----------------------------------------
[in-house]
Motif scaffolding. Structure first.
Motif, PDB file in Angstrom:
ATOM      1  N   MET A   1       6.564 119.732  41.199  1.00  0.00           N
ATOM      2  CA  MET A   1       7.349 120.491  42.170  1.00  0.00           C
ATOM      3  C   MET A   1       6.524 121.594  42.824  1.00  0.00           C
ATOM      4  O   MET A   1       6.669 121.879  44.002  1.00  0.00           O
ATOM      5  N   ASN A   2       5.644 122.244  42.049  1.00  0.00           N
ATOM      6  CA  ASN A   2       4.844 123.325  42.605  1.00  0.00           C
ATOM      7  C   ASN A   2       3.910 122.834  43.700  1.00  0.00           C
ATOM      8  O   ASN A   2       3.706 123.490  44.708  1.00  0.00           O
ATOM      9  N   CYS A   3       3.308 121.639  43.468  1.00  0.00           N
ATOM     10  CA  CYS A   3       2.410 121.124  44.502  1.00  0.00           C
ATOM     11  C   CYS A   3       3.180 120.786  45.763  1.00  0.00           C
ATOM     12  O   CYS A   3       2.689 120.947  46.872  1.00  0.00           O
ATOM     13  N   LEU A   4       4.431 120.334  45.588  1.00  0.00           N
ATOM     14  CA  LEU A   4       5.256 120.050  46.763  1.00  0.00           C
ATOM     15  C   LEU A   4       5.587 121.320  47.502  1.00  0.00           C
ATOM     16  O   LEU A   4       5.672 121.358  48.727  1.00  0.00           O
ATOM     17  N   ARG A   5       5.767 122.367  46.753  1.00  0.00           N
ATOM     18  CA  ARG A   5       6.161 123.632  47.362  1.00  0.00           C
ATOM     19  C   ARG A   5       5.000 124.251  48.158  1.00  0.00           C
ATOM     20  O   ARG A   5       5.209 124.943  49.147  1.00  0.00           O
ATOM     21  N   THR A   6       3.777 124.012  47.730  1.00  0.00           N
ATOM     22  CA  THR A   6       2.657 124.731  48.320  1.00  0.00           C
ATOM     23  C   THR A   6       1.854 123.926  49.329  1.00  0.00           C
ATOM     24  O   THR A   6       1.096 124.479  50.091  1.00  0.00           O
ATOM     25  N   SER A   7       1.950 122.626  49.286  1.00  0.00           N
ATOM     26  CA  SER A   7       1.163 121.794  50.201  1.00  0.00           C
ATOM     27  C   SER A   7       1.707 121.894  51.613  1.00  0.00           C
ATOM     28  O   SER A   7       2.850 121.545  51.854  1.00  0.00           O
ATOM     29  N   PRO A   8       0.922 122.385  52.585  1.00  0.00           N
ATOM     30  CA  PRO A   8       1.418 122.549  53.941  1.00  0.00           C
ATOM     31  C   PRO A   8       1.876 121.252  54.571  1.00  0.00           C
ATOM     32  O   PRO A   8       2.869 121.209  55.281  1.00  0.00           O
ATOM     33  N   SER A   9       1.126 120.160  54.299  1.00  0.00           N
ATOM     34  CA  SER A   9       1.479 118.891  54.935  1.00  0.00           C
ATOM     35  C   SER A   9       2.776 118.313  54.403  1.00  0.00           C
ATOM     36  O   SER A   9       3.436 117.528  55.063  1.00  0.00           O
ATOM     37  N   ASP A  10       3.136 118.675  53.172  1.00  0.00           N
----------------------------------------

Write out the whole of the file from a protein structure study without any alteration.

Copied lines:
[in-house]
Motif scaffolding. Structure first.
Motif, PDB file in Angstrom:
ATOM      1  N   MET A   1       6.564 119.732  41.199  1.00  0.00           N
ATOM      2  CA  MET A   1       7.349 120.491  42.170  1.00  0.00           C
ATOM      3  C   MET A   1       6.524 121.594  42.824  1.00  0.00           C
ATOM      4  O   MET A   1       6.669 121.879  44.002  1.00  0.00           O
ATOM      5  N   ASN A   2       5.644 122.244  42.049  1.00  0.00           N
ATOM      6  CA  ASN A   2       4.844 123.325  42.605  1.00  0.00           C
ATOM      7  C   ASN A   2       3.910 122.834  43.700  1.00  0.00           C
ATOM      8  O   ASN A   2       3.706 123.490  44.708  1.00  0.00           O
ATOM      9  N   CYS A   3       3.308 121.639  43.468  1.00  0.00           N
ATOM     10  CA  CYS A   3       2.410 121.124  44.502  1.00  0.00           C
ATOM     11  C   CYS A   3       3.180 120.786  45.763  1.00  0.00           C
ATOM     12  O   CYS A   3       2.689 120.947  46.872  1.00  0.00           O
ATOM     13  N   LEU A   4       4.431 120.334  45.588  1.00  0.00           N
ATOM     14  CA  LEU A   4       5.256 120.050  46.763  1.00  0.00           C
ATOM     15  C   LEU A   4       5.587 121.320  47.502  1.00  0.00           C
ATOM     16  O   LEU A   4       5.672 121.358  48.727  1.00  0.00           O
ATOM     17  N   ARG A   5       5.767 122.367  46.753  1.00  0.00           N
ATOM     18  CA  ARG A   5       6.161 123.632  47.362  1.00  0.00           C
ATOM     19  C   ARG A   5       5.000 124.251  48.158  1.00  0.00           C
ATOM     20  O   ARG A   5       5.209 124.943  49.147  1.00  0.00           O
ATOM     21  N   THR A   6       3.777 124.012  47.730  1.00  0.00           N
ATOM     22  CA  THR A   6       2.657 124.731  48.320  1.00  0.00           C
ATOM     23  C   THR A   6       1.854 123.926  49.329  1.00  0.00           C
ATOM     24  O   THR A   6       1.096 124.479  50.091  1.00  0.00           O
ATOM     25  N   SER A   7       1.950 122.626  49.286  1.00  0.00           N
ATOM     26  CA  SER A   7       1.163 121.794  50.201  1.00  0.00           C
ATOM     27  C   SER A   7       1.707 121.894  51.613  1.00  0.00           C
ATOM     28  O   SER A   7       2.850 121.545  51.854  1.00  0.00           O
ATOM     29  N   PRO A   8       0.922 122.385  52.585  1.00  0.00           N
ATOM     30  CA  PRO A   8       1.418 122.549  53.941  1.00  0.00           C
ATOM     31  C   PRO A   8       1.876 121.252  54.571  1.00  0.00           C
ATOM     32  O   PRO A   8       2.869 121.209  55.281  1.00  0.00           O
ATOM     33  N   SER A   9       1.126 120.160  54.299  1.00  0.00           N
ATOM     34  CA  SER A   9       1.479 118.891  54.935  1.00  0.00           C
ATOM     35  C   SER A   9       2.776 118.313  54.403  1.00  0.00           C
ATOM     36  O   SER A   9       3.436 117.528  55.063  1.00  0.00           O
ATOM     37  N   ASP A  10       3.136 118.675  53.172  1.00  0.00           N